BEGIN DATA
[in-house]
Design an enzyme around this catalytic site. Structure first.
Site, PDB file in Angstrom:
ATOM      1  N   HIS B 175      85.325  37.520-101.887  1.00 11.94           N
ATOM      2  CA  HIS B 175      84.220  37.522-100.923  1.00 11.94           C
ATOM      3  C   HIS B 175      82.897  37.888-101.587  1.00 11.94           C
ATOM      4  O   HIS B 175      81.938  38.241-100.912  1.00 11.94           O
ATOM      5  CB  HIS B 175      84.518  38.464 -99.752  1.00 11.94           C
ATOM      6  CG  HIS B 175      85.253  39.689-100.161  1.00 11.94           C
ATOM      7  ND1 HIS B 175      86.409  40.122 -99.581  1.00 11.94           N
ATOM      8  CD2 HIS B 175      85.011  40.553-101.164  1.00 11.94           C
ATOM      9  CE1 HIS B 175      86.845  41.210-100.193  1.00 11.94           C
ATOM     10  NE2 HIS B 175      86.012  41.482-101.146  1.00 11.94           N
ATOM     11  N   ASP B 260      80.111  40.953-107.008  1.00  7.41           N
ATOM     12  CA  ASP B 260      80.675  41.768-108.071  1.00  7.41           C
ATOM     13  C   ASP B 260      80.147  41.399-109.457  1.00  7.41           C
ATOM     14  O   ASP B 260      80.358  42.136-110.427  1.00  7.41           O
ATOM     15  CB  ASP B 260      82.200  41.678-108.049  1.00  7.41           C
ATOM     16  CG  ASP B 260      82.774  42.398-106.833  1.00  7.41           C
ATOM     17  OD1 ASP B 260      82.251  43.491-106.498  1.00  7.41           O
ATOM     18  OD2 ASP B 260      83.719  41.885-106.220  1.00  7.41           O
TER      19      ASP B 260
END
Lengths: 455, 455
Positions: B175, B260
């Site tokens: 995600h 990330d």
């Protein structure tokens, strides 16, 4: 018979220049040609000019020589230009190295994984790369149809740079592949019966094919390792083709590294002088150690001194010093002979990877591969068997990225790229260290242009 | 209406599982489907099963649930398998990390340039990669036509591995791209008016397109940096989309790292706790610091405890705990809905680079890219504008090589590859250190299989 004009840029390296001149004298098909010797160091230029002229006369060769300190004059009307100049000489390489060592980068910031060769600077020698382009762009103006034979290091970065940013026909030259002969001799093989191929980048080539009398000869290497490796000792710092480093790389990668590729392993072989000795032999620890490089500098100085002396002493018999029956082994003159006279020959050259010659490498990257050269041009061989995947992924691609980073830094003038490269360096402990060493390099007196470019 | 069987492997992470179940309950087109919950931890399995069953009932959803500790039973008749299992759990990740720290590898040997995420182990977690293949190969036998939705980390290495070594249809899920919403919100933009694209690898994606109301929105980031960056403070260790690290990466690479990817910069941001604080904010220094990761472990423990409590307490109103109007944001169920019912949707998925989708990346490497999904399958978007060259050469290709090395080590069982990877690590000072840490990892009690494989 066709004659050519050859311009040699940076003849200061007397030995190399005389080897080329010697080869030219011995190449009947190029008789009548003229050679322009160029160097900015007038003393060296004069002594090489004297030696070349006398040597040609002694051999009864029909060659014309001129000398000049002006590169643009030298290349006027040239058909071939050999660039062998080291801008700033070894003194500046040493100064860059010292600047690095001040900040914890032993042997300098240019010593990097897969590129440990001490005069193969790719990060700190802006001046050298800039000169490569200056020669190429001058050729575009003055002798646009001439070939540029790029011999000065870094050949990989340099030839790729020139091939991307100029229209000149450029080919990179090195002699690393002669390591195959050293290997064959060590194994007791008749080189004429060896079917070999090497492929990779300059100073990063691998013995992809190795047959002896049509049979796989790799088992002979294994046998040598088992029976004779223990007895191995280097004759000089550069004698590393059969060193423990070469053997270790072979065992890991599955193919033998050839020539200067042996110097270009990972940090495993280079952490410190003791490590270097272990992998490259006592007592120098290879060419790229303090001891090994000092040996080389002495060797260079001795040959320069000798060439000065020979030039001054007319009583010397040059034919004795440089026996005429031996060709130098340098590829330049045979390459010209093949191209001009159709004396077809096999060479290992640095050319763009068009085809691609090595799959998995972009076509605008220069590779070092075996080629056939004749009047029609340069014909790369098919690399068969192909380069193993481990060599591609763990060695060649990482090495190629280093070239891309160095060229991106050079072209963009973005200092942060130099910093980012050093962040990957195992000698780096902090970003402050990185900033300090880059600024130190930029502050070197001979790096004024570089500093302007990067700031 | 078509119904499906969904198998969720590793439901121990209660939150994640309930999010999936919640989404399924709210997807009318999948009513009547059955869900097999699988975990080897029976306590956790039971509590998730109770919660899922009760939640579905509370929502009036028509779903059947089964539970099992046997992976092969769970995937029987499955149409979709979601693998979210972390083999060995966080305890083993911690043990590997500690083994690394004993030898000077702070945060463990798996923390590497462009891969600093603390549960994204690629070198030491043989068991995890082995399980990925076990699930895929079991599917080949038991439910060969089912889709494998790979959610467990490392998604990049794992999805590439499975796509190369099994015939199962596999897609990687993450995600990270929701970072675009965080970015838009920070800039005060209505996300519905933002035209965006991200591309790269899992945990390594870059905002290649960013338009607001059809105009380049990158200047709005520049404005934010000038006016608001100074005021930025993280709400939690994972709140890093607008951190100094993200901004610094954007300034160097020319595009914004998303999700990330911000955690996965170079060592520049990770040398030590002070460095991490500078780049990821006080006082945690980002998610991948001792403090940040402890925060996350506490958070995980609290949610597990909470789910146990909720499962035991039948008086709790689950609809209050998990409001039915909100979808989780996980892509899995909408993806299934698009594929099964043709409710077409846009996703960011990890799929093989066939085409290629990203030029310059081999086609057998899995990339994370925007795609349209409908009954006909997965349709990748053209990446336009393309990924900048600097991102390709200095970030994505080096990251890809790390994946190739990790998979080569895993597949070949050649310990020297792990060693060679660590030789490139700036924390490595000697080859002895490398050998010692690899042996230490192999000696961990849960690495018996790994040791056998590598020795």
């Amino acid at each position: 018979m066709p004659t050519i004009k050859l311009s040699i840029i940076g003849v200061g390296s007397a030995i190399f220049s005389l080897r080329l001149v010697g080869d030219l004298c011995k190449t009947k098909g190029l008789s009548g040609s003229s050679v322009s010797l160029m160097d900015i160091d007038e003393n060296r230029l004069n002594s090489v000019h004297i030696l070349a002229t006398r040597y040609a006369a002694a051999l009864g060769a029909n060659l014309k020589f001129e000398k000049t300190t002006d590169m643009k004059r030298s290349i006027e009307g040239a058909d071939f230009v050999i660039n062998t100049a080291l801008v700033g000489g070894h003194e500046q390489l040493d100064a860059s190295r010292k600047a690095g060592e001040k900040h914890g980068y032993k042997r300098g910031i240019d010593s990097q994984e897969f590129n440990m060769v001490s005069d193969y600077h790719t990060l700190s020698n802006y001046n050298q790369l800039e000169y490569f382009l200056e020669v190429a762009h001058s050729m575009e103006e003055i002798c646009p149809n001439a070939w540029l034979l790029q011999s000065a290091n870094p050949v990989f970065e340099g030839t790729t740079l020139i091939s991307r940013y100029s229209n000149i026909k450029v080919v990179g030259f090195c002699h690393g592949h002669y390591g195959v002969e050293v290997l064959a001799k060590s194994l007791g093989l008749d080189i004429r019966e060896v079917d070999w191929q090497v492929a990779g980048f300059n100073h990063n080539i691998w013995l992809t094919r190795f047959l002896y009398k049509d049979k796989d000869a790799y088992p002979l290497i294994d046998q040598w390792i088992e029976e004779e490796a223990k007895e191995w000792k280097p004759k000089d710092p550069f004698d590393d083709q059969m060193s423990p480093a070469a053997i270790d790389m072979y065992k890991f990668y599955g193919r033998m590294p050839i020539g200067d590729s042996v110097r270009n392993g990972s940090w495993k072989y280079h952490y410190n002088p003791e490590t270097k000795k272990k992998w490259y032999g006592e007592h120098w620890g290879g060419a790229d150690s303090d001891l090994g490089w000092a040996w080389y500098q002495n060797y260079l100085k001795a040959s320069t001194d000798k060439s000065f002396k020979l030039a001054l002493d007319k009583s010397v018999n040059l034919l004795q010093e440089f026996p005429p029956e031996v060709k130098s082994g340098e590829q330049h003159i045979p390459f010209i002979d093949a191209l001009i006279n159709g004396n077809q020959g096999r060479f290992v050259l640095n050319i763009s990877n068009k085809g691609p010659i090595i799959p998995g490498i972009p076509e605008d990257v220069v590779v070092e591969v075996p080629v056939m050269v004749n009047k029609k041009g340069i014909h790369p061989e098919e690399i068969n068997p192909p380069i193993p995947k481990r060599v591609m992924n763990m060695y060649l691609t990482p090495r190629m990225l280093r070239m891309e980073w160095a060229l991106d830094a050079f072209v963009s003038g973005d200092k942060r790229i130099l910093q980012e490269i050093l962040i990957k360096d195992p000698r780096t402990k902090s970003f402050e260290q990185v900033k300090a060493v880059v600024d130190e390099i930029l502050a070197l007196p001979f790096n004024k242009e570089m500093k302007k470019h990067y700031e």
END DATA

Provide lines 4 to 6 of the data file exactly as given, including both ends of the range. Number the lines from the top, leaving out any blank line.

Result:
ATOM      1  N   HIS B 175      85.325  37.520-101.887  1.00 11.94           N
ATOM      2  CA  HIS B 175      84.220  37.522-100.923  1.00 11.94           C
ATOM      3  C   HIS B 175      82.897  37.888-101.587  1.00 11.94           C